Since cheap holiday packages became available in the 1970’s the Costa del Sol in southern Spain has been a favourite with British travellers. With easy connections and great value for money, backed up by a warm and sunny climate, it’s the perfect destination for a week or two in the sun.
But amongst the holiday apartments, water parks, restaurants and beaches there are great historic sights within easy reach if you want to explore.
Jutting out from the southern most tip of Spain is the unique British enclave of Gibraltar. Affectionately known as Gib or the Rock to its residents and regular visitors the Rock stands at the entrance to the Mediterranean Sea making it an important Naval Base for centuries. The Rock can be seen for miles as you drive down the coast, jutting out to sea and hiding a myriad of secret sites to investigate.
The rock itself rising above the port and town famous for its duty free shopping is the centre of the cultural and historical sites and local firms offer tours to all the important areas for an inclusive price. There is also a cable car, which takes guests to the top of the rock but getting around is more restricted on foot.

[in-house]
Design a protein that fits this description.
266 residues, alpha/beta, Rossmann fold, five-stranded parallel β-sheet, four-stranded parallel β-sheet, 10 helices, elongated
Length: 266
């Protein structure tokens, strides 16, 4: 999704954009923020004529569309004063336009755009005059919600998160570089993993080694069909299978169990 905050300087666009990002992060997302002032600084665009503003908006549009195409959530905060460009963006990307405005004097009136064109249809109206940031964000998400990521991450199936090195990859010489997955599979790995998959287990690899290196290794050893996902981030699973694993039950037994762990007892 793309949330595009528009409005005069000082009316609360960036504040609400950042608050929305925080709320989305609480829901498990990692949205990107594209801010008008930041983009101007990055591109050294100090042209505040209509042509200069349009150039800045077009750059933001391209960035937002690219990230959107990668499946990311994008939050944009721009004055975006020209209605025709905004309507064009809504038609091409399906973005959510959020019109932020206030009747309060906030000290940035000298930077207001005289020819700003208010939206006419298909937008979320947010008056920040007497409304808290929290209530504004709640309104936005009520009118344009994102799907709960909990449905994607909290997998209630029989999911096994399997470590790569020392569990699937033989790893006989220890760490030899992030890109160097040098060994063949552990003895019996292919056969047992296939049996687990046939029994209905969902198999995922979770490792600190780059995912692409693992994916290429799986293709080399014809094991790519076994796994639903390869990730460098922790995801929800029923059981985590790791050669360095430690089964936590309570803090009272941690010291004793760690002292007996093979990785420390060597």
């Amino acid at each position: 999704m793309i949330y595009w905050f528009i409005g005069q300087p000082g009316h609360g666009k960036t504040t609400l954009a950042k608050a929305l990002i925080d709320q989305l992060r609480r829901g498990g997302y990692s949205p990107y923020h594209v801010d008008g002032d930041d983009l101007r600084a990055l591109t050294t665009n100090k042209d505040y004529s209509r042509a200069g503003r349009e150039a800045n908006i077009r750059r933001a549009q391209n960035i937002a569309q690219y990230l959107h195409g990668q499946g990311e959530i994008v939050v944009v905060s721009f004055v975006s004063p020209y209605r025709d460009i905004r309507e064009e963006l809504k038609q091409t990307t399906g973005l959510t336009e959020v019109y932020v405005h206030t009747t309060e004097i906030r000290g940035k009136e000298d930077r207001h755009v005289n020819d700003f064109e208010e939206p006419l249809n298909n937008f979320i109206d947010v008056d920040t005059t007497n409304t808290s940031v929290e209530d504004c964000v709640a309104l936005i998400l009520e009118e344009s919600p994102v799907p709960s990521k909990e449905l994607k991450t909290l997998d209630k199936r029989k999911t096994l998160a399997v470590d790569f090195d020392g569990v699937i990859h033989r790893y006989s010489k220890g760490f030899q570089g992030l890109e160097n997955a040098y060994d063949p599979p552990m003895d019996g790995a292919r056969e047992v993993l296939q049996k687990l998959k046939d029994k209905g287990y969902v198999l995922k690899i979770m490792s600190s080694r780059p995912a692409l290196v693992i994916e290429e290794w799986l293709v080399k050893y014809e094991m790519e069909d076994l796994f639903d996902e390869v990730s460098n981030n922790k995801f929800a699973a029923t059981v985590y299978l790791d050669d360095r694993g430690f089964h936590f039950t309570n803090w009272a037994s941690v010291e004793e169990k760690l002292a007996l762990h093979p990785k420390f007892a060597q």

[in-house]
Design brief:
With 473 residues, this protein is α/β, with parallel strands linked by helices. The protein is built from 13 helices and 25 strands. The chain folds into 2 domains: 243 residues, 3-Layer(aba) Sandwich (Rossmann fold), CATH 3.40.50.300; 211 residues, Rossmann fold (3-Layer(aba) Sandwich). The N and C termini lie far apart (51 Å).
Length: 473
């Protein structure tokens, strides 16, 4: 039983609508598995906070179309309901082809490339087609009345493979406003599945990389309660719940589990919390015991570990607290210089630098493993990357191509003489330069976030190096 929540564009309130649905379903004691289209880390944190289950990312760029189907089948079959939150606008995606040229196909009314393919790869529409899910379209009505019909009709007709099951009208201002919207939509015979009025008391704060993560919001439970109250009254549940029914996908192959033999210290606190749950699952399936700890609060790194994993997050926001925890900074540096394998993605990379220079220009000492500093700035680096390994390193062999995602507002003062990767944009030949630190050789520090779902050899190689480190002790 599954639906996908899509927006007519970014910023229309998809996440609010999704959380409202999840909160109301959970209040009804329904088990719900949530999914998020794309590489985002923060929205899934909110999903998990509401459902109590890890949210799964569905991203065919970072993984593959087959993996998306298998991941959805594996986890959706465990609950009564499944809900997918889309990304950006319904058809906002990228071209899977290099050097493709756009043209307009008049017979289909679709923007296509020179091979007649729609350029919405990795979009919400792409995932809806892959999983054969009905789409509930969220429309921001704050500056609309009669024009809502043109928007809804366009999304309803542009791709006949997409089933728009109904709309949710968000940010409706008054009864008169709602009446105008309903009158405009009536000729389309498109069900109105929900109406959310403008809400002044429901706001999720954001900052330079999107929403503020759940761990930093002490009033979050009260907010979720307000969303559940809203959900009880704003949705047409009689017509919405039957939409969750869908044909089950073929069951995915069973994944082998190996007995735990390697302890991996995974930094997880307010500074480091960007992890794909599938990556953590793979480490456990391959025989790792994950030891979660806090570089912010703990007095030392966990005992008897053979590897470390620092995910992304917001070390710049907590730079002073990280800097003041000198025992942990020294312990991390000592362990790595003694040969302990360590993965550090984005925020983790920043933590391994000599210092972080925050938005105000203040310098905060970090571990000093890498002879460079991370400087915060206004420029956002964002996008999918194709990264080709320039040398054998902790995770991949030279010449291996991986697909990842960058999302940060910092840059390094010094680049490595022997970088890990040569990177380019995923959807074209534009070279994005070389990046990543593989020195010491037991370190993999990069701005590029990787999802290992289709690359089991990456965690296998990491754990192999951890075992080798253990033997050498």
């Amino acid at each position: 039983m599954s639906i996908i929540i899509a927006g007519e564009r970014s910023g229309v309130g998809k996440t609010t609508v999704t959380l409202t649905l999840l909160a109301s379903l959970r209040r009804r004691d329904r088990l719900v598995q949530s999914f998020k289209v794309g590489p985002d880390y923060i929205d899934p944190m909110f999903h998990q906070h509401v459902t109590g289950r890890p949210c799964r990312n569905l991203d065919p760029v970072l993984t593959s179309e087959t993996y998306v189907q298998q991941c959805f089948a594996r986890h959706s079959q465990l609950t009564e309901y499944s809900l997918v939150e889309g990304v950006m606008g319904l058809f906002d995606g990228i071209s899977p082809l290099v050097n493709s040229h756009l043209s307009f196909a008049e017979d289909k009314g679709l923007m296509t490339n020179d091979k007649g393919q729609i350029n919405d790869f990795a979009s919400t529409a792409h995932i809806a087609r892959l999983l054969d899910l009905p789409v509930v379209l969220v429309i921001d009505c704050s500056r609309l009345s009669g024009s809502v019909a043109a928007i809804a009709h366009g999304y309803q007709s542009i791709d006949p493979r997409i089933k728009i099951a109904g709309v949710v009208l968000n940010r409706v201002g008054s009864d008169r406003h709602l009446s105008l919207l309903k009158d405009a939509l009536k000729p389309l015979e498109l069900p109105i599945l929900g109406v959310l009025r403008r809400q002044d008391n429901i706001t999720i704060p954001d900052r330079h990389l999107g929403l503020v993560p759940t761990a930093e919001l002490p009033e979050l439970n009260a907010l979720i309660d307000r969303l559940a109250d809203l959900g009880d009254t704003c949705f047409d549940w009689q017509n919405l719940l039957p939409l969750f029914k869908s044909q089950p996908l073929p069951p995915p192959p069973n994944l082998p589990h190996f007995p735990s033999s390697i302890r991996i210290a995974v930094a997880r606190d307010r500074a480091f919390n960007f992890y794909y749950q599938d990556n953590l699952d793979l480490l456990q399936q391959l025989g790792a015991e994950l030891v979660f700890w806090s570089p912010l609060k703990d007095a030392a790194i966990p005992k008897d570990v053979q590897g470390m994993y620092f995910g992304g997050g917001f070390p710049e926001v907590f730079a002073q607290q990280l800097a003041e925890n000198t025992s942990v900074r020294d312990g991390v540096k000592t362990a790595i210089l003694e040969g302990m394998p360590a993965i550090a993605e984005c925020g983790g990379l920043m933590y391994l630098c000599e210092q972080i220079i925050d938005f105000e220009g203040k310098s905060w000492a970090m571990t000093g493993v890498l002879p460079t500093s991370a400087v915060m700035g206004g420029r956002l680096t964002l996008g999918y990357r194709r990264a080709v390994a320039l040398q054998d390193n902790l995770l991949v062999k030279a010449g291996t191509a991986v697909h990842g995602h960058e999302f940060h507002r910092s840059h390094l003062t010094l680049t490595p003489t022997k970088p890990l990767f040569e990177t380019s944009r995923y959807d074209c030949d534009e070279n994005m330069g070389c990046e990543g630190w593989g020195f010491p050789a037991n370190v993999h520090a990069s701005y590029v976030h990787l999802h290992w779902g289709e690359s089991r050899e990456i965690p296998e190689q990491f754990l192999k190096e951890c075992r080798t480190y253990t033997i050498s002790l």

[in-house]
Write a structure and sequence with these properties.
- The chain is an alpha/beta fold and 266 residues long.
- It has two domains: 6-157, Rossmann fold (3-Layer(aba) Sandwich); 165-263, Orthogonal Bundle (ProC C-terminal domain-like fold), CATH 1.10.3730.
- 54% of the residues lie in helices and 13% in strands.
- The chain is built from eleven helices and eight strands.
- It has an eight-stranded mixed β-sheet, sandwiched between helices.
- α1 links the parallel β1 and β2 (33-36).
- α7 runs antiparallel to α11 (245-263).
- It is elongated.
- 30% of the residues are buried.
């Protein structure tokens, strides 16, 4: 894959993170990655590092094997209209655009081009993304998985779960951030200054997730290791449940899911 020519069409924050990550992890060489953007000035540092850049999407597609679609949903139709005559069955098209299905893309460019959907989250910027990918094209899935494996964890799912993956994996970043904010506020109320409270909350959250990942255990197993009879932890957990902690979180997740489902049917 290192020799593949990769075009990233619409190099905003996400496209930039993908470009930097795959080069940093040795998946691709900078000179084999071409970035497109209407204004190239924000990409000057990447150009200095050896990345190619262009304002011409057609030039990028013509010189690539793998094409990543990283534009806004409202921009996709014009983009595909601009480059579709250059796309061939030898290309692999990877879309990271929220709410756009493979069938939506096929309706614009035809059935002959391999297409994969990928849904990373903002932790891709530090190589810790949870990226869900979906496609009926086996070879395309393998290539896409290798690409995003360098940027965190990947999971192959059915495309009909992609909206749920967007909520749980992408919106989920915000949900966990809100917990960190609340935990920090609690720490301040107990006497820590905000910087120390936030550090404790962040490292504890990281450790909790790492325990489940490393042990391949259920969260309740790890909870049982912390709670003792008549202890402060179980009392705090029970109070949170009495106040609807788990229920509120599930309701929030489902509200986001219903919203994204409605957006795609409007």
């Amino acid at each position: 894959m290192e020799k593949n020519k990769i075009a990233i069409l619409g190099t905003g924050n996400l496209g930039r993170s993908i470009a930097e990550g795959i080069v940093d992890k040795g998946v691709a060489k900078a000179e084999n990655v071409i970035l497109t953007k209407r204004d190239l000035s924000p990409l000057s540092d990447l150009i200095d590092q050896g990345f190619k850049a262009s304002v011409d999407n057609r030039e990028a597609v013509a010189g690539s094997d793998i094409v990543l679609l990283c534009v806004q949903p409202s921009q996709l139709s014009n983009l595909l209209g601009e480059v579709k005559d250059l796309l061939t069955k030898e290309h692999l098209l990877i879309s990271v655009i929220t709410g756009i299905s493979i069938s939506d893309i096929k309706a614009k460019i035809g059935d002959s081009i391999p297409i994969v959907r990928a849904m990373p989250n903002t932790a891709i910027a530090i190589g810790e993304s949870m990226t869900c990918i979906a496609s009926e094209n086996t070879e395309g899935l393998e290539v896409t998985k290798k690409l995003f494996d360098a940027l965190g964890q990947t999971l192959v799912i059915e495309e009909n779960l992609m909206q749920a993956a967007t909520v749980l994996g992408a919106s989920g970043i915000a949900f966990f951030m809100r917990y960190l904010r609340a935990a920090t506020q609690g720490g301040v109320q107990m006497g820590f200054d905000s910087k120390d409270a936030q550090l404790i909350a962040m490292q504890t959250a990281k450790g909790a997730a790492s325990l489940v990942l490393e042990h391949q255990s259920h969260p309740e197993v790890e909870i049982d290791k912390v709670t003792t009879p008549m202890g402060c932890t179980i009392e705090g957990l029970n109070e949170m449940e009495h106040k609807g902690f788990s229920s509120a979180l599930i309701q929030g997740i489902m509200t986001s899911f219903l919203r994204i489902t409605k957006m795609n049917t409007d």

Protecting the port.
Halfway up is an 8th century Moorish castle, housing a prison in its keep to this day. Tour drivers will chart the history of the flag that flies over the castle and its changes from Spanish to British over the years. Miles of Siege Tunnels used to house barracks and military lookouts are carved deep into the rock and those open to the public chart their use during military conflicts over the centuries.
Nature on show.
Naturally formed limestone caves crowded with stalactites and stalagmites can be visited at St Michaels Caves. The larger caverns were used as a hospital in the world wars and are used as classical concert venues today. The amazing formations are beautifully lit so your photographs will capture the wonder of the sight.
Gibraltar is the only place in Europe where Barbary Apes they can be found. They roam free and are incredibly bold providing a lot of entertainment, running and jumping onto fences, walls and roofs including those of the tour buses and cars. Take heed to the warnings however, these are wild animals and could harm you if you feed them or go too near them when they are nursing their young.
Back on the Costa instead of just using Malaga as your airport venue, its well worth having a day in the town to explore the historic sites. A settlement since Phoenician and Roman times and the capital of Moorish Granada, Malaga is alive with history and sites include the old Moorish Castle or Alcazaba built between the 8th and 11th century. The site was originally the location for a roman amphitheatre, partially excavated by the entrance. The ruins of later Moorish Castle from the 14th Century stand directly behind the Alcazaba. For a complete history of the area visit Museo Arqueologico for displays of Phoenician, Roman and Moorish artifacts.
Linda Endersby is a freelance writer who worked in the travel industry for 19 years and enjoys writing about the places she’s visited as well as indulging in her passion for books in her other role as a children’s bookseller.